Student Scholar Symposium Abstracts and Posters

Document Type


Publication Date

Fall 12-7-2016

Faculty Advisor(s)

Dr. Jocelyn Buckner


Throughout the history of the entertainment industry, female performers have been subjected to an impossible standard with regards to body image and outward appearance. Many women actors find themselves forced to endure rigorous dieting and exercise, painful processes of beautification, and even reconstructive surgery in an effort to achieve and maintain—what the industry perceives to be—the ideal feminine form. Appearance is so intricately ingrained within the industry that often women who possess remarkable talent are passed over for work in favor of the candidate with the smaller waistline or bigger breasts. This superficiality is poisonous to our culture, and to the women who are a part of it—women who must unwillingly conform to either the stereotypical characters that casting directors, producers, and agents tell them are their only options, or else toil to achieve a picture-perfect face and body that can only truly be created through the work of a computer.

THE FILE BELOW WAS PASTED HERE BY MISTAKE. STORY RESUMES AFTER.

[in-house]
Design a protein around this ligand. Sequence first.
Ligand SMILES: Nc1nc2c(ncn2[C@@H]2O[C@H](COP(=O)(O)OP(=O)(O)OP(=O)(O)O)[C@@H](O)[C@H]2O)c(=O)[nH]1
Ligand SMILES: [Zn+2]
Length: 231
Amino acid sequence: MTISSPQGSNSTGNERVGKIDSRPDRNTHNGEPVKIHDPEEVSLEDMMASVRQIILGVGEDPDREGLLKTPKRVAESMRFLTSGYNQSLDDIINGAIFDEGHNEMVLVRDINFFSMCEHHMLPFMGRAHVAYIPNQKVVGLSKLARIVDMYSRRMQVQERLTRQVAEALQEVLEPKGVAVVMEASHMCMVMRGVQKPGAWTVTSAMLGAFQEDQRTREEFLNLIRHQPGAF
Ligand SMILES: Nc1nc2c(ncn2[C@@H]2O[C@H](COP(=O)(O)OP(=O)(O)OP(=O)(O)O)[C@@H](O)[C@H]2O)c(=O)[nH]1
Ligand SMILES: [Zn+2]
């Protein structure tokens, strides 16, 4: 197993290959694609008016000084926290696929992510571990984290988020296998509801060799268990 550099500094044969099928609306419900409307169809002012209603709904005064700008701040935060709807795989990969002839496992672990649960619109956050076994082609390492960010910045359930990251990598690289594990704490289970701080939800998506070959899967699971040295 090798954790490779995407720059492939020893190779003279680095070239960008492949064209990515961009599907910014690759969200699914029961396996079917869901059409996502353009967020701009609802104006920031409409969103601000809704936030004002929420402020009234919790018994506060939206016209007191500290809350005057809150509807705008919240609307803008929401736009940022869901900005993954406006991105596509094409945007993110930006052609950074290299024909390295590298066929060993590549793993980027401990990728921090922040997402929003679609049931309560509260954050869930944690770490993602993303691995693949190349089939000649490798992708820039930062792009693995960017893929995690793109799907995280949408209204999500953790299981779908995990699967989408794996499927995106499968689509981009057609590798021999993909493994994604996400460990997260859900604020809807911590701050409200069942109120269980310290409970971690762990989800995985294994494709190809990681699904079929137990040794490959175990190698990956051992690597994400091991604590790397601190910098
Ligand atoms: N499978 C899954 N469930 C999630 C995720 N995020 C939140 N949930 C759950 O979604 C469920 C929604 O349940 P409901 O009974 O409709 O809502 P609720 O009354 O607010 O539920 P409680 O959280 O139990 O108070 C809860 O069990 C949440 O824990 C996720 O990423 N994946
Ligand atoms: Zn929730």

In this study, I will examine the careers of non-standard but successful performers, the productions that attempt to defy the industry’s typical depiction of women, and the scholarly philosophies on the reception of these various influences by the public; I will use my research to determine steps we—as a society—can take in order to disband the impossible physical requirements imposed on women of the industry, and I will culminate it into a one-act play with the goal of accurately representing the struggles of a variety of body types and their psychological effect on female performers.


Presented at the Fall 2016 Student Research Day at Chapman University.